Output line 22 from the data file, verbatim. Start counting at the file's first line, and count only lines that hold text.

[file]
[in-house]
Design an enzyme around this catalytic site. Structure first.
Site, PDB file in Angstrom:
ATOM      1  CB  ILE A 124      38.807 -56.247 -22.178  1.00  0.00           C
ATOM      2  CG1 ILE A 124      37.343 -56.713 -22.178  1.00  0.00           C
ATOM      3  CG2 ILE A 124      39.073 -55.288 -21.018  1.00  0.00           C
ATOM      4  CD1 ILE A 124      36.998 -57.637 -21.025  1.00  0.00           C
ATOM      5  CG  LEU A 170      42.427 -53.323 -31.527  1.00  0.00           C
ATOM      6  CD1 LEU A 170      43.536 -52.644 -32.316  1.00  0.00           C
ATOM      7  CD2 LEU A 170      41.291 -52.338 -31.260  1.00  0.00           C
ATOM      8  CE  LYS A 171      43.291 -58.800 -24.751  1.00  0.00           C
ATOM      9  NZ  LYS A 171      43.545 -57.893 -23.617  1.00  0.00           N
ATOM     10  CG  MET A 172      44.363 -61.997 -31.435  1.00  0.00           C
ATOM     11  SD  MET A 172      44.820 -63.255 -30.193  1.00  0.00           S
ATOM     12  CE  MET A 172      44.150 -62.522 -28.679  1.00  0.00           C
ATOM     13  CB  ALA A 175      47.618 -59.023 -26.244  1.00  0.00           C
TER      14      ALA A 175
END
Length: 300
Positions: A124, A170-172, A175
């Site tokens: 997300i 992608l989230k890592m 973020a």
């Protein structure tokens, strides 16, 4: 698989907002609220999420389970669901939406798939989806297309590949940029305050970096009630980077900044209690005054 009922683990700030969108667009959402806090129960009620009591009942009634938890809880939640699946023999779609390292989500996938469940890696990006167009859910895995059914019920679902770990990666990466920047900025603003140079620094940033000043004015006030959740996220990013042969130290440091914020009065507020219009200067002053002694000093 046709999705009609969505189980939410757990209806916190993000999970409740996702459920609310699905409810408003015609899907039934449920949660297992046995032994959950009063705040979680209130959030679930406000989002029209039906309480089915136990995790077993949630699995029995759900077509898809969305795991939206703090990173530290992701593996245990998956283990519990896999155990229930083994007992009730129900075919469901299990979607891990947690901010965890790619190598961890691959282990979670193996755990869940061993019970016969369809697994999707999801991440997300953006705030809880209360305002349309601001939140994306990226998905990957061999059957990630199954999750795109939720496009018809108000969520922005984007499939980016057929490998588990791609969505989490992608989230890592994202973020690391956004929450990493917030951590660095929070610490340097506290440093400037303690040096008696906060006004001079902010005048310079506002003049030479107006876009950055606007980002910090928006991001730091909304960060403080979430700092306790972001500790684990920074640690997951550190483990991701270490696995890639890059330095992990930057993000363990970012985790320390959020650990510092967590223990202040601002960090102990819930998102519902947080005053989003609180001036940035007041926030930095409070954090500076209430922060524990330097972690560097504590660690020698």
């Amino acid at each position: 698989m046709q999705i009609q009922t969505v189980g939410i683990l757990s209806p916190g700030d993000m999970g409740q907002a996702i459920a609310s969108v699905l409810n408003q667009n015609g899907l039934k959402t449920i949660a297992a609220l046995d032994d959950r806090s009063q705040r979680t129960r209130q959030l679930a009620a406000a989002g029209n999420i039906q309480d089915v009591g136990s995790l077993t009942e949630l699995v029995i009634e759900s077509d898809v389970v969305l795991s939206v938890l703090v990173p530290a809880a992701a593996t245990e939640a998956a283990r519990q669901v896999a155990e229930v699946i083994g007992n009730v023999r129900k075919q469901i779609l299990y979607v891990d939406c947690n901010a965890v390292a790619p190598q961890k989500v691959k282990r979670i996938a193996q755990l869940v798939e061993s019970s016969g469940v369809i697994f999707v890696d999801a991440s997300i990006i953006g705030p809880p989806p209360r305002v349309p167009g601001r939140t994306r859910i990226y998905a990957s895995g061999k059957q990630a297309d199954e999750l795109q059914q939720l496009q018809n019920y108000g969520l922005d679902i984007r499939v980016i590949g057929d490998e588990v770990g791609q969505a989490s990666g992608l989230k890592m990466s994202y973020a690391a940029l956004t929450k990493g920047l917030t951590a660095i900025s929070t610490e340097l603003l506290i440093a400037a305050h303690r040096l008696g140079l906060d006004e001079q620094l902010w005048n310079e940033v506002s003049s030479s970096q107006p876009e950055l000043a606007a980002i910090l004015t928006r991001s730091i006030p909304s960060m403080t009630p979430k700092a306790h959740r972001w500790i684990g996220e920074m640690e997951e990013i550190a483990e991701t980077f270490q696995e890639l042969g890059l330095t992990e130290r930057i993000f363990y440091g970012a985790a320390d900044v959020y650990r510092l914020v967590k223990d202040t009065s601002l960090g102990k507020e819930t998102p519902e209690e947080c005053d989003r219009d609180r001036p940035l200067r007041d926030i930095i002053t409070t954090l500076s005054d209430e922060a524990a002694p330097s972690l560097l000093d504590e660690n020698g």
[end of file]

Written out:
């Protein structure tokens, strides 16, 4: 698989907002609220999420389970669901939406798939989806297309590949940029305050970096009630980077900044209690005054 009922683990700030969108667009959402806090129960009620009591009942009634938890809880939640699946023999779609390292989500996938469940890696990006167009859910895995059914019920679902770990990666990466920047900025603003140079620094940033000043004015006030959740996220990013042969130290440091914020009065507020219009200067002053002694000093 046709999705009609969505189980939410757990209806916190993000999970409740996702459920609310699905409810408003015609899907039934449920949660297992046995032994959950009063705040979680209130959030679930406000989002029209039906309480089915136990995790077993949630699995029995759900077509898809969305795991939206703090990173530290992701593996245990998956283990519990896999155990229930083994007992009730129900075919469901299990979607891990947690901010965890790619190598961890691959282990979670193996755990869940061993019970016969369809697994999707999801991440997300953006705030809880209360305002349309601001939140994306990226998905990957061999059957990630199954999750795109939720496009018809108000969520922005984007499939980016057929490998588990791609969505989490992608989230890592994202973020690391956004929450990493917030951590660095929070610490340097506290440093400037303690040096008696906060006004001079902010005048310079506002003049030479107006876009950055606007980002910090928006991001730091909304960060403080979430700092306790972001500790684990920074640690997951550190483990991701270490696995890639890059330095992990930057993000363990970012985790320390959020650990510092967590223990202040601002960090102990819930998102519902947080005053989003609180001036940035007041926030930095409070954090500076209430922060524990330097972690560097504590660690020698």